Being and Having in Shakespeare

Being and Having in Shakespeare

by Katharine Eisaman Maus
     
 

What is the relation between who a person is, and what he or she has? A number of Shakespeare's plays engage with this question, elaborating a 'poetics of property' centering on questions of authority and entitlement, of inheritance and prodigality, and of the different opportunities afforded by access to land and to chattel property. Being and Having in

Overview

What is the relation between who a person is, and what he or she has? A number of Shakespeare's plays engage with this question, elaborating a 'poetics of property' centering on questions of authority and entitlement, of inheritance and prodigality, and of the different opportunities afforded by access to land and to chattel property. Being and Having in Shakespeare considers these presentations of ownership and authority Richard II and the Henry IV plays construe sovereignty as a form of property right, largely construing imperium, or the authority over persons in a polity, as a form of dominium, the authority of the propertyholder. Nonetheless, what property means changes considerably from Richard's reign to Henry's, as the imagined world of the plays is reconfigured to include an urban economy of chattel consumables. The Merchant of Venice, written between Richard II and Henry IV, part 1, reimagines, in comic terms, some of the same issues broached in the history plays. It focuses in particular on the problem of the daughter's inheritance and on the different property obligations among kin, friends, business associates, and spouses. In the figure of the 'vagabond king', theoretically entitled but actually dispossessed, Henry VI, part 2 and King Lear both coordinate problems of entitlement with conundrums about distributive justice, raising fundamental questions about property relations and social organization.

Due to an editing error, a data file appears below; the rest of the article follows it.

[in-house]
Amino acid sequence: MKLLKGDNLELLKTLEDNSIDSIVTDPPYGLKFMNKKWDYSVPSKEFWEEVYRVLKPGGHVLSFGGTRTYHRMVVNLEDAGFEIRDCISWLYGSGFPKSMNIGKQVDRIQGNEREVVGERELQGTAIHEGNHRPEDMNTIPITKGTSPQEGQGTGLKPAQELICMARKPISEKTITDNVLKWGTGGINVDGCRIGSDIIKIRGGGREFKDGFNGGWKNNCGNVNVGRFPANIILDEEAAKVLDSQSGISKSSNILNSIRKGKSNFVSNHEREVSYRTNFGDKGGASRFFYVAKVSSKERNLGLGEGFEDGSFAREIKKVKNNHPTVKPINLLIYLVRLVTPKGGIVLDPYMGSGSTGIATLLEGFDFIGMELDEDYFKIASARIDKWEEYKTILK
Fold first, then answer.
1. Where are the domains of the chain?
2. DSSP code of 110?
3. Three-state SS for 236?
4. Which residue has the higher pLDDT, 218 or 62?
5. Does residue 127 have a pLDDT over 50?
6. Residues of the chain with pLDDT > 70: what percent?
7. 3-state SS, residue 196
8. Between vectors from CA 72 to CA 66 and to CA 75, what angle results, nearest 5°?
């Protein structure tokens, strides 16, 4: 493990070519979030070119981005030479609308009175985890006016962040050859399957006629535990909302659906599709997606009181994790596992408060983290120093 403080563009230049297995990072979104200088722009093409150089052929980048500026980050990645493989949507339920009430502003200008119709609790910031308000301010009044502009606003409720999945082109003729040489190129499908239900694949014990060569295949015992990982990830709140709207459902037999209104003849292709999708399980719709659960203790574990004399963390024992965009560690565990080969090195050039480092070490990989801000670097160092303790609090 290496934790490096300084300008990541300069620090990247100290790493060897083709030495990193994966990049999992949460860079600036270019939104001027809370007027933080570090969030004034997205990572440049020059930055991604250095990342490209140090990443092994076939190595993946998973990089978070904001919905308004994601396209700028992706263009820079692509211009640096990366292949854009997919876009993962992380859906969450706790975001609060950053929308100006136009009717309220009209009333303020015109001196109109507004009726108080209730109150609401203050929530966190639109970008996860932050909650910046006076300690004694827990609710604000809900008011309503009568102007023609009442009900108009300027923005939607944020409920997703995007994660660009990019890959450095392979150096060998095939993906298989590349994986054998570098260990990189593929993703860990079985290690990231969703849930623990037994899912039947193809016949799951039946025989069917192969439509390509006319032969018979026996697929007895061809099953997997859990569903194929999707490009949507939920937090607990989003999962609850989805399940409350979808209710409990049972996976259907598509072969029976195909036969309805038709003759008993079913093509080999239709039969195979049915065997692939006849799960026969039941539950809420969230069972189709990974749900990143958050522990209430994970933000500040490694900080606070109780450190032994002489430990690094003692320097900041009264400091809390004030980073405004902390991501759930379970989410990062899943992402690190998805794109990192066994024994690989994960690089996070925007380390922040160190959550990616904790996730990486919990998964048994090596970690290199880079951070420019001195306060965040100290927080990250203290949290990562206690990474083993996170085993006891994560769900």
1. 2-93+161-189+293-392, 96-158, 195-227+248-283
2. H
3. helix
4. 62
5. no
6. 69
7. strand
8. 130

Editorial Reviews

From the Publisher
"We should view Maus's study as a vital addition to current examinations on early modern property rights and materialism."
—ixteenth Century Journal

"Recommended." —Choice

Product Details

ISBN-13:
9780199698004
Publisher:
Oxford University Press, USA
Publication date:
04/05/2013
Pages:
152
Product dimensions:
5.20(w) x 7.80(h) x 0.70(d)

Meet the Author

Katharine Eisaman Maus is James Cabell Professor of English at the University of Virginia. She has published widely on English Renaissance literature, especially drama. Maus has held fellowships from the Guggenheim Foundation, National Endowment for the Humanities, American Council of Learned Societies, and Leverhulme Foundation. One of her previous monographs, Inwardness and Theater in the English Renaissance, won the Roland Bainton Prize from the Sixteenth Century Association.

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